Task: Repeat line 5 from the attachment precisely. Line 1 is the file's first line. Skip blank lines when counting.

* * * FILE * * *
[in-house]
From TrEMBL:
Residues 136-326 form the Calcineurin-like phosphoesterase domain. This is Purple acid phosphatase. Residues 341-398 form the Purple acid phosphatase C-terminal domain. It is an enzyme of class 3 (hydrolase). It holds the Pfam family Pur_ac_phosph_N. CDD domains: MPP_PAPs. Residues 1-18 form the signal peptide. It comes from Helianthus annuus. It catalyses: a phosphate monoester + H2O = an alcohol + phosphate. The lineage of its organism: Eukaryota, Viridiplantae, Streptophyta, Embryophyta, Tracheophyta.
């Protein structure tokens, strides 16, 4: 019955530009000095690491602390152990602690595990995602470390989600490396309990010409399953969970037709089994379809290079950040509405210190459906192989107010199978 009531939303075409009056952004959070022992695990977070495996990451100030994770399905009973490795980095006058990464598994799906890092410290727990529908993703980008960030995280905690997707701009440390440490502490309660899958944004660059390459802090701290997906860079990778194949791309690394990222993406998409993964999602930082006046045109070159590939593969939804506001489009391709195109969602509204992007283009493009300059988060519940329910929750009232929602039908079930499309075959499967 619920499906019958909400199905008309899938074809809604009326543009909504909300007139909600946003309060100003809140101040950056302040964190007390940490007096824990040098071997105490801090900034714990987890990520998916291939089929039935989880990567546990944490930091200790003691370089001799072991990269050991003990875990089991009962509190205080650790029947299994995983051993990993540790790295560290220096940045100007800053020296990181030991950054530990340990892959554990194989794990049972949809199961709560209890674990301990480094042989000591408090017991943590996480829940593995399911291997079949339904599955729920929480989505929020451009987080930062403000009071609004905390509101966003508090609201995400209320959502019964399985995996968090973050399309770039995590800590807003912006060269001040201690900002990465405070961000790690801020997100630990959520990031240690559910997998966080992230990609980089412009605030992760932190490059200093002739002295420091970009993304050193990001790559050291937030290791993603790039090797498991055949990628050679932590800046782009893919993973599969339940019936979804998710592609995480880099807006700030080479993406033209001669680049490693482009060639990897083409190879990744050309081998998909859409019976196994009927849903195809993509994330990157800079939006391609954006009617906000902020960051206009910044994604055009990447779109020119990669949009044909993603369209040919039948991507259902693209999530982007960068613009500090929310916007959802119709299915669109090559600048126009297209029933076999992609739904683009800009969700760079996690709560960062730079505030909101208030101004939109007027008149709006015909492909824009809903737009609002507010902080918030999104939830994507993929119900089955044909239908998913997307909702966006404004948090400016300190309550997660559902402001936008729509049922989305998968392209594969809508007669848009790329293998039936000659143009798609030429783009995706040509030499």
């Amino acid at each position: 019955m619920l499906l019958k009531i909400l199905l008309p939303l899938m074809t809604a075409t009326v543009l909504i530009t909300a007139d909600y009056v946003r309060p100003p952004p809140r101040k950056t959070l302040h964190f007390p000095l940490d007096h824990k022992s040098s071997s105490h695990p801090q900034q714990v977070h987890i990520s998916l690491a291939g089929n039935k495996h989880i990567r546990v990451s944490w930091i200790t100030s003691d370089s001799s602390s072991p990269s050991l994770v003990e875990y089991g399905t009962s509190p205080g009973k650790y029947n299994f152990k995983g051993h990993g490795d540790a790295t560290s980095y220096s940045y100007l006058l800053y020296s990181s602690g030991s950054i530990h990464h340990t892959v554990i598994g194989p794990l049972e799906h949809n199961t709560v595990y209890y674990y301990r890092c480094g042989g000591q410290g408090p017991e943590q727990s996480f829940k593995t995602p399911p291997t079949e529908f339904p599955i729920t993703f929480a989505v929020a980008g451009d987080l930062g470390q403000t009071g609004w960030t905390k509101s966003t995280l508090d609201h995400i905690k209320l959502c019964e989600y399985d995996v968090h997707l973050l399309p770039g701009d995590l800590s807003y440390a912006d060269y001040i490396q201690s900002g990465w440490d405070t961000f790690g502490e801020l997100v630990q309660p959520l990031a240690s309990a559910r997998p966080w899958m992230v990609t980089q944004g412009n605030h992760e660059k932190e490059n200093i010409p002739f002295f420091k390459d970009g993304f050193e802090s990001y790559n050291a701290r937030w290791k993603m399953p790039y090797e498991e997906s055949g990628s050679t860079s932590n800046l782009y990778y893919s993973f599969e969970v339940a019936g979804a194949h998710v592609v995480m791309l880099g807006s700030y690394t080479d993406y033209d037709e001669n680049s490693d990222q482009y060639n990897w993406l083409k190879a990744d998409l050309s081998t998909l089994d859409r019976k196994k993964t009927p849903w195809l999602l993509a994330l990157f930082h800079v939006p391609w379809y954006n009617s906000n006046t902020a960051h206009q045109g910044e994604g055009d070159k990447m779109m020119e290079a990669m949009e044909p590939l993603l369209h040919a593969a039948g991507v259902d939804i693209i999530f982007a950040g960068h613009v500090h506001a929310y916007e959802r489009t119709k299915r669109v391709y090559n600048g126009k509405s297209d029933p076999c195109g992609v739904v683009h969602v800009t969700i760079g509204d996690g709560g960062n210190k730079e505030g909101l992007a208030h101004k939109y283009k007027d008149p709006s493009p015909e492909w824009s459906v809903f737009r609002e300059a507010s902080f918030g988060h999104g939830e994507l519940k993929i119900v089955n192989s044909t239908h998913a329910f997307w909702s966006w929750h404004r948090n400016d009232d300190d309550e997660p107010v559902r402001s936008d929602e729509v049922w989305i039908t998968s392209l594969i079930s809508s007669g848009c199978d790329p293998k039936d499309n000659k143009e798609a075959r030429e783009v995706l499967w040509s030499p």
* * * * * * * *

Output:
């Amino acid at each position: 019955m619920l499906l019958k009531i909400l199905l008309p939303l899938m074809t809604a075409t009326v543009l909504i530009t909300a007139d909600y009056v946003r309060p100003p952004p809140r101040k950056t959070l302040h964190f007390p000095l940490d007096h824990k022992s040098s071997s105490h695990p801090q900034q714990v977070h987890i990520s998916l690491a291939g089929n039935k495996h989880i990567r546990v990451s944490w930091i200790t100030s003691d370089s001799s602390s072991p990269s050991l994770v003990e875990y089991g399905t009962s509190p205080g009973k650790y029947n299994f152990k995983g051993h990993g490795d540790a790295t560290s980095y220096s940045y100007l006058l800053y020296s990181s602690g030991s950054i530990h990464h340990t892959v554990i598994g194989p794990l049972e799906h949809n199961t709560v595990y209890y674990y301990r890092c480094g042989g000591q410290g408090p017991e943590q727990s996480f829940k593995t995602p399911p291997t079949e529908f339904p599955i729920t993703f929480a989505v929020a980008g451009d987080l930062g470390q403000t009071g609004w960030t905390k509101s966003t995280l508090d609201h995400i905690k209320l959502c019964e989600y399985d995996v968090h997707l973050l399309p770039g701009d995590l800590s807003y440390a912006d060269y001040i490396q201690s900002g990465w440490d405070t961000f790690g502490e801020l997100v630990q309660p959520l990031a240690s309990a559910r997998p966080w899958m992230v990609t980089q944004g412009n605030h992760e660059k932190e490059n200093i010409p002739f002295f420091k390459d970009g993304f050193e802090s990001y790559n050291a701290r937030w290791k993603m399953p790039y090797e498991e997906s055949g990628s050679t860079s932590n800046l782009y990778y893919s993973f599969e969970v339940a019936g979804a194949h998710v592609v995480m791309l880099g807006s700030y690394t080479d993406y033209d037709e001669n680049s490693d990222q482009y060639n990897w993406l083409k190879a990744d998409l050309s081998t998909l089994d859409r019976k196994k993964t009927p849903w195809l999602l993509a994330l990157f930082h800079v939006p391609w379809y954006n009617s906000n006046t902020a960051h206009q045109g910044e994604g055009d070159k990447m779109m020119e290079a990669m949009e044909p590939l993603l369209h040919a593969a039948g991507v259902d939804i693209i999530f982007a950040g960068h613009v500090h506001a929310y916007e959802r489009t119709k299915r669109v391709y090559n600048g126009k509405s297209d029933p076999c195109g992609v739904v683009h969602v800009t969700i760079g509204d996690g709560g960062n210190k730079e505030g909101l992007a208030h101004k939109y283009k007027d008149p709006s493009p015909e492909w824009s459906v809903f737009r609002e300059a507010s902080f918030g988060h999104g939830e994507l519940k993929i119900v089955n192989s044909t239908h998913a329910f997307w909702s966006w929750h404004r948090n400016d009232d300190d309550e997660p107010v559902r402001s936008d929602e729509v049922w989305i039908t998968s392209l594969i079930s809508s007669g848009c199978d790329p293998k039936d499309n000659k143009e798609a075959r030429e783009v995706l499967w040509s030499p």